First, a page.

Star Colors Explained – One Minute Astronomer
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In the late 19th century, Harvard astronomers developed a system to classify stars not according to color, but by the strength by which hydrogen gas absorbed light at particular wavelengths. The star classes were labeled A to N in order of decreasing hydrogen absorption strength.
This is the Harvard spectral classification, which is still used today. So what does this have to do with star color? New e-Book gives you the best articles from the first three years of One-Minute Astronomer.
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Click here to learn more. They discovered the type-O stars are hotter than type-B stars, and type-B stars are hotter than type-A stars, and so on. But hot stars are blue, and medium-hot stars are white, and cool stars are red. They emit visible light of all colors to some degree.
You can tell that many of the stars are similar in color; however some stand out as being much redder than the others.
These red stars have the coolest temperatures among the stars in the cluster. Another good example is this color image of Albireo taken by students at the University of California, Berkeley. Want to learn more? Recall from Lesson 3 that the spectrum of a star is not a true blackbody spectrum because of the presence of absorption lines.
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The absorption lines visible in the spectra of different stars are different, and we can classify stars into different groups based on the appearance of their spectral lines. In the early s, an astronomer named Annie Jump Cannon took photographic spectra of hundreds of thousands of stars and began to classify them based on their spectral lines.
Originally, she started out using the letters of the alphabet to designate different classes of stars A, B, C…. However, some classes were eventually merged with others, and not all letters were used.
The original classification scheme used the strength of the lines of hydrogen to order the spectral types. That is, spectral type A had the strongest lines, B slightly weaker than A, C slightly weaker than B, and so on. For more information on her life and work, visit the homepage for Annie Jump Cannon at Wellesley College.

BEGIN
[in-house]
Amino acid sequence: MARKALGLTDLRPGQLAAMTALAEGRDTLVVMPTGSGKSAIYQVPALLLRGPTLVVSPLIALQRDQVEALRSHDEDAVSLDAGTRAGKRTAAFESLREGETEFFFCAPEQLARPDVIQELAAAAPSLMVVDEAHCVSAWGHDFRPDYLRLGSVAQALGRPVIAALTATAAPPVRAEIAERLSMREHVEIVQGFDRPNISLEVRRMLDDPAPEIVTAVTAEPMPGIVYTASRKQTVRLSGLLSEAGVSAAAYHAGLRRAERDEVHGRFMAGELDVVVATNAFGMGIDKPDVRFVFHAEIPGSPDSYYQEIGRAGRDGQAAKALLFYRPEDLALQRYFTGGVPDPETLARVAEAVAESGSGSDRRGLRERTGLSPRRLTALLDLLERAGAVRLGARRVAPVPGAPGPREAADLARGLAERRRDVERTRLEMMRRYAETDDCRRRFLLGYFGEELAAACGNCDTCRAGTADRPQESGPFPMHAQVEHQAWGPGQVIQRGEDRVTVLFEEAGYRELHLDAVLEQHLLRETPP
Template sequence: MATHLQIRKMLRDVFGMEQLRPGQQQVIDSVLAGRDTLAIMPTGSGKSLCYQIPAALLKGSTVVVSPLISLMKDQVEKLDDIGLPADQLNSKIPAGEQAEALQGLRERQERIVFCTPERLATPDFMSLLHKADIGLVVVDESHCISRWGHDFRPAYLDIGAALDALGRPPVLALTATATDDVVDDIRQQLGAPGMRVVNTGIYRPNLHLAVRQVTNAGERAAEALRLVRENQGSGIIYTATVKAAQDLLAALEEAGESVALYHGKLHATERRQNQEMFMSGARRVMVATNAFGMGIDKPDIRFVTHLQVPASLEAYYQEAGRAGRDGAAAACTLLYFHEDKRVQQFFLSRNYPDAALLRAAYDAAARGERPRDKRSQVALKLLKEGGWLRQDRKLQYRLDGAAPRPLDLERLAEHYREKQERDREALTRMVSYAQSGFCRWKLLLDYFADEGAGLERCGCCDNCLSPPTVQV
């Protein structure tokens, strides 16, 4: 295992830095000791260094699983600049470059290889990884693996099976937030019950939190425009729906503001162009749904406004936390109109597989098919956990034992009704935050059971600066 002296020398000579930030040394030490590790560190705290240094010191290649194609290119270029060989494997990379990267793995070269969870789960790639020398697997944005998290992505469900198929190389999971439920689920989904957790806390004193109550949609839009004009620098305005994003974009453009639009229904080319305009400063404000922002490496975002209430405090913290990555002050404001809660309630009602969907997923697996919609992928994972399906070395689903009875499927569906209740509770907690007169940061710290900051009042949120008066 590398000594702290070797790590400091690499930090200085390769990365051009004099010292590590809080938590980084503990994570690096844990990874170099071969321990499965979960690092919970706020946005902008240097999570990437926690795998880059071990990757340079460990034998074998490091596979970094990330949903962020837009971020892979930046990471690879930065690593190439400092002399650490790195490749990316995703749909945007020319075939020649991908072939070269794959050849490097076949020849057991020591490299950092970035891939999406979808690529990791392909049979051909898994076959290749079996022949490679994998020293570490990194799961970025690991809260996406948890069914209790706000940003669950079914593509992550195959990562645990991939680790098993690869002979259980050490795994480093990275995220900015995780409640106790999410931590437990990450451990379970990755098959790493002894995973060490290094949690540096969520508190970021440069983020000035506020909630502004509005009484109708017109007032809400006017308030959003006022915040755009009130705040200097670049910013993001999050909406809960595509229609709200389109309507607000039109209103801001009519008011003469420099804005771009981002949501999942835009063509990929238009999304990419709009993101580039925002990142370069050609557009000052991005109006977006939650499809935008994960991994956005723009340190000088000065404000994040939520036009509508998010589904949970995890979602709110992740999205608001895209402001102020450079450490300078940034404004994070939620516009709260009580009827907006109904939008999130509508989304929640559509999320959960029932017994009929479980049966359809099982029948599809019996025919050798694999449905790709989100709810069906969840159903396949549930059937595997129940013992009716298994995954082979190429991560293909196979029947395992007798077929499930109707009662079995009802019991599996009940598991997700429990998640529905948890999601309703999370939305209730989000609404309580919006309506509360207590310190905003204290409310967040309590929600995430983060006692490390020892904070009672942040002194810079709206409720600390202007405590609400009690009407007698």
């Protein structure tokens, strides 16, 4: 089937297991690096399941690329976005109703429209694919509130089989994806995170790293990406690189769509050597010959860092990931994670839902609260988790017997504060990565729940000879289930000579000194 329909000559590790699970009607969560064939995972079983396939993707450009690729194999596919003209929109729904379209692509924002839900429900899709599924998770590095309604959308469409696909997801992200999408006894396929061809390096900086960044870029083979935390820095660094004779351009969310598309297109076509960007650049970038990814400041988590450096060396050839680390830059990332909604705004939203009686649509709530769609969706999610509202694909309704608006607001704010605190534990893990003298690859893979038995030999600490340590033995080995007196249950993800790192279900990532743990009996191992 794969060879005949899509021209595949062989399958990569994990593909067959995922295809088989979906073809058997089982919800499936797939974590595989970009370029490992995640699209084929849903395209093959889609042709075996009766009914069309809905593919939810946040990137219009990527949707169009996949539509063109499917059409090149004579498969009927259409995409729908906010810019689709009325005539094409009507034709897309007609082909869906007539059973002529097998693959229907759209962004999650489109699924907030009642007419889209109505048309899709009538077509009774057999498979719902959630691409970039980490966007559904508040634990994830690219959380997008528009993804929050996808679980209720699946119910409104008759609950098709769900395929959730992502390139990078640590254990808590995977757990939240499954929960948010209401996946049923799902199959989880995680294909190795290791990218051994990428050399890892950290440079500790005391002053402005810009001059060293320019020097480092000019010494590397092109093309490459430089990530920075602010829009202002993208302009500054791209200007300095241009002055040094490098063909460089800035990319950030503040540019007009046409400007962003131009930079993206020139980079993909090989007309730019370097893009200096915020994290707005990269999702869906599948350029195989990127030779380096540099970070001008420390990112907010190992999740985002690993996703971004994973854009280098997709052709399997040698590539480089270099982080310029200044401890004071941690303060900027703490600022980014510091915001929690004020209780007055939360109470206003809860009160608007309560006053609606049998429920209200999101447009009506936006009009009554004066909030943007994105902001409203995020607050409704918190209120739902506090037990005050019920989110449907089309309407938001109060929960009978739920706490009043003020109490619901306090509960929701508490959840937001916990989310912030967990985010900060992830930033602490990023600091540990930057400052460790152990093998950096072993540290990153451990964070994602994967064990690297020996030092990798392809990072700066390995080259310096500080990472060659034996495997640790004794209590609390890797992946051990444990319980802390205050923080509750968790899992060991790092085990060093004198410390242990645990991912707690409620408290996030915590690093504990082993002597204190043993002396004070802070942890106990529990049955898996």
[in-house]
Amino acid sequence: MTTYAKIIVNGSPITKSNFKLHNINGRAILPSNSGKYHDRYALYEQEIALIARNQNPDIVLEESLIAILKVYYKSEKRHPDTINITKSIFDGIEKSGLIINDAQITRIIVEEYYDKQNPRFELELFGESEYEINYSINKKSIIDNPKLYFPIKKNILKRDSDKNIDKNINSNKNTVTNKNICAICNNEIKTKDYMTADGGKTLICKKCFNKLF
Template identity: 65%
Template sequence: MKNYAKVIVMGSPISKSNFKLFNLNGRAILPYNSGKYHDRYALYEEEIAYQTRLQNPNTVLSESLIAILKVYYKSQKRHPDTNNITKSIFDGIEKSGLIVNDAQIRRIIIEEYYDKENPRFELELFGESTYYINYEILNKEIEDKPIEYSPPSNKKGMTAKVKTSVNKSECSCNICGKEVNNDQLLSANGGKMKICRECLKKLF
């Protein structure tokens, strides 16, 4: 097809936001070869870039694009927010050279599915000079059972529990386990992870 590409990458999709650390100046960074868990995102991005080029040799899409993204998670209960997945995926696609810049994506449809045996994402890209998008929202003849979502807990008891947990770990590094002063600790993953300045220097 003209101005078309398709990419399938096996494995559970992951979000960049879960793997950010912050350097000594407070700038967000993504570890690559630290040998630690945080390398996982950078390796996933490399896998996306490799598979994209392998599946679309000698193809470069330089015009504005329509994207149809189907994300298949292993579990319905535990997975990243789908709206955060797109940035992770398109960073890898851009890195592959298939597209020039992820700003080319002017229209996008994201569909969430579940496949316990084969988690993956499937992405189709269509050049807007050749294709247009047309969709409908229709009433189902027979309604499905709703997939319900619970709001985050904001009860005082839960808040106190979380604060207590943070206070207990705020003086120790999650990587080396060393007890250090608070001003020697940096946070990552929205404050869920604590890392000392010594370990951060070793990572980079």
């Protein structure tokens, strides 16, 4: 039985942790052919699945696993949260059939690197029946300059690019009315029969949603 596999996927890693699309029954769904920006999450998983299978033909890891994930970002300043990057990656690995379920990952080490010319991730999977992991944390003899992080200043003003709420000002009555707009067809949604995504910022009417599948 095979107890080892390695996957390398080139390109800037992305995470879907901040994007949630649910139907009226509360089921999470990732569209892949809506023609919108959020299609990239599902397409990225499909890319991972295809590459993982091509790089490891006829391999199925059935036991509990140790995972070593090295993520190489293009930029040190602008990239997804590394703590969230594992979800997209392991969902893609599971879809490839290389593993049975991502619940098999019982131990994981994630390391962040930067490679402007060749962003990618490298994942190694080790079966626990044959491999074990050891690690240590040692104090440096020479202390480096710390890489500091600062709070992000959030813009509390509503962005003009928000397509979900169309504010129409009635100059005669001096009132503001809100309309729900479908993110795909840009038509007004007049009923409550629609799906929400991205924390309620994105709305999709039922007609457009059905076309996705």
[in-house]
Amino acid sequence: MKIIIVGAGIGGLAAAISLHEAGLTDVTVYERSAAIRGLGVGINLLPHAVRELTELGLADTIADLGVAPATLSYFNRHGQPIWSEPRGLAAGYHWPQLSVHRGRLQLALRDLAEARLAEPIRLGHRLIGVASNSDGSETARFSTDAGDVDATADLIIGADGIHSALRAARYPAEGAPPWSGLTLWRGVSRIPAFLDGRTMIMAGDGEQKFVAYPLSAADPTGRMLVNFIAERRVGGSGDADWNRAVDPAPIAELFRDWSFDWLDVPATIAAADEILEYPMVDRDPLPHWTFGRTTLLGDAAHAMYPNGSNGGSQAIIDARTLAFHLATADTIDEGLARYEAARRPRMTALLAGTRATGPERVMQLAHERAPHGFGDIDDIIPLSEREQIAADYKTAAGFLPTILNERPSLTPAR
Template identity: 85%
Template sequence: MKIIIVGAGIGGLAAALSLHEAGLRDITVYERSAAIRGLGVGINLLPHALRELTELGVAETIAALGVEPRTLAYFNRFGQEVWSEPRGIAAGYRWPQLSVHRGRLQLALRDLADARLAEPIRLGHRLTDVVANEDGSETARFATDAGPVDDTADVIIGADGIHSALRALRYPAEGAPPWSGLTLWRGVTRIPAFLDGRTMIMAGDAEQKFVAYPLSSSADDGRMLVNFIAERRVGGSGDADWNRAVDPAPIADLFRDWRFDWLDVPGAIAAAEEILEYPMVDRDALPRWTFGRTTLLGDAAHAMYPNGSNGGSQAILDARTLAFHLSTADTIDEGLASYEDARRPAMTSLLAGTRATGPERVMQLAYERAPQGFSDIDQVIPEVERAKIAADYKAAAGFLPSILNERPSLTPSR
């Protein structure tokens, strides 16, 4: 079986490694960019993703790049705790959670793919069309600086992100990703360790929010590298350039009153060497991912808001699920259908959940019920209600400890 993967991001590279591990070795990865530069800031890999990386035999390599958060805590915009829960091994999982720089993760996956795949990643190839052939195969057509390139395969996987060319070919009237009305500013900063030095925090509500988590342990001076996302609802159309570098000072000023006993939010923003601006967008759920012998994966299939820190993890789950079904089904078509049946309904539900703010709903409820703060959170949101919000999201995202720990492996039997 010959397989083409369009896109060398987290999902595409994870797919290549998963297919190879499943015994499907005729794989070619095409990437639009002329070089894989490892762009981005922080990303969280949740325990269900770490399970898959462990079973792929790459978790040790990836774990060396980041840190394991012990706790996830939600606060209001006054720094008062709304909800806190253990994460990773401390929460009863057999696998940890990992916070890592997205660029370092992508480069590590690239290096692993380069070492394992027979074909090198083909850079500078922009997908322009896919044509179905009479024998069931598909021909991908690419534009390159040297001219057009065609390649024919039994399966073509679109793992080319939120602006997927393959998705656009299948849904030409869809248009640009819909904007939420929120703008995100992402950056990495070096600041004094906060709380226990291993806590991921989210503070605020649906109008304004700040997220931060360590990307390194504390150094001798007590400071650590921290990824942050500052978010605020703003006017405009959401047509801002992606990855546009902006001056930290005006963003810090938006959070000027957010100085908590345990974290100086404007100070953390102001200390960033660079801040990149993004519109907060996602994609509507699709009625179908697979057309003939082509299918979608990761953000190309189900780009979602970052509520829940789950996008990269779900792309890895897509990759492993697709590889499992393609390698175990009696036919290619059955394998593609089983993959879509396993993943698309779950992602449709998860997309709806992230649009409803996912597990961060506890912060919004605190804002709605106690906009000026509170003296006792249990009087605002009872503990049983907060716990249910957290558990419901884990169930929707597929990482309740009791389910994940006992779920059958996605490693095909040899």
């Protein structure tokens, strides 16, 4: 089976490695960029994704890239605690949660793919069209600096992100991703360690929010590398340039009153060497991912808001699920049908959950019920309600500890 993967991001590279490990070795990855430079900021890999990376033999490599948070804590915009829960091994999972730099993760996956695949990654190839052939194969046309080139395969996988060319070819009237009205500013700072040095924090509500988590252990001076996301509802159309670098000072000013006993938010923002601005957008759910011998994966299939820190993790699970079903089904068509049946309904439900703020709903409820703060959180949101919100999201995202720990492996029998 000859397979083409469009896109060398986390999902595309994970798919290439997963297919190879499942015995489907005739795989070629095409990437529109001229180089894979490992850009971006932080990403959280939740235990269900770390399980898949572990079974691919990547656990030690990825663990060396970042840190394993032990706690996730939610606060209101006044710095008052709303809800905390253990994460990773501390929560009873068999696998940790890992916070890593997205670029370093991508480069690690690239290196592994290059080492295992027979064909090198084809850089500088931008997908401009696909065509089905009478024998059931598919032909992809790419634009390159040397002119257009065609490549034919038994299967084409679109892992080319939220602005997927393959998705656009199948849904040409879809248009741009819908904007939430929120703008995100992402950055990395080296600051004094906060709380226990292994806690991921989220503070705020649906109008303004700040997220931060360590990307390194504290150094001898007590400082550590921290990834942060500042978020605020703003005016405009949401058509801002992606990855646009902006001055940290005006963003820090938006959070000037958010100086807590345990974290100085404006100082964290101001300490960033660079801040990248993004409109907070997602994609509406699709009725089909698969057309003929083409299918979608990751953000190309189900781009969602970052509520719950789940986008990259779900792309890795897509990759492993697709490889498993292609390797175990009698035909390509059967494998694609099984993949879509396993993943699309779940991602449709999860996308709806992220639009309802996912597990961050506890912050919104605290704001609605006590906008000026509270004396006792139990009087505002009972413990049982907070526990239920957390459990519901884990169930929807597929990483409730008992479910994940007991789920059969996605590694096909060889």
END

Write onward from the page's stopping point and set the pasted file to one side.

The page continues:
Recall from Lesson 3 that the electrons in a gas are the cause of absorption lines—all the photons with the correct amount of energy to cause an electron to jump from one energy level to a higher energy level get absorbed as they pass through the gas.
Star Colors Explained
The absorption lines from hydrogen observed in the visible part of the spectrum are called the Balmer series, and they arise when the electron in a hydrogen atom jumps from level 2 to level 3, level 2 to level 4, level 2 to level 5, and so on. The strength of the Balmer lines that is, how much absorption they cause depends on the temperature of the cloud.
If the cloud is too hot, the electrons in hydrogen have absorbed so much energy that they can break free from the atom. So, very hot stars will have weak Balmer series hydrogen lines because most of their hydrogen has been ionized.
Recall also that it takes energy to raise an electron from a lower level to a higher level. So, if the cloud of gas is too cool, the electrons will all be in the lowest energy level the ground state, level 1. Since the Balmer series lines require electrons to already be in level 2, if there are no hydrogen electrons in level 2 in the gas, there will not be any Balmer series hydrogen lines created by that gas. So, very cool stars will have weak Balmer series hydrogen lines, too. Thus, the stars with the strongest hydrogen lines must be in the middle of the temperature sequence, since their atmospheres are hot enough that hydrogen will have its electrons in level 2, but not so hot that hydrogen becomes ionized.
This theory for the absorption by hydrogen was not understood until after much of the work on stellar classification had been completed. So, after the origin of the strengths of the lines was understood to have some dependence on temperature, the spectral classes for stars were reordered with the hottest stars at the beginning of the sequence and the coolest stars at the end of the sequence.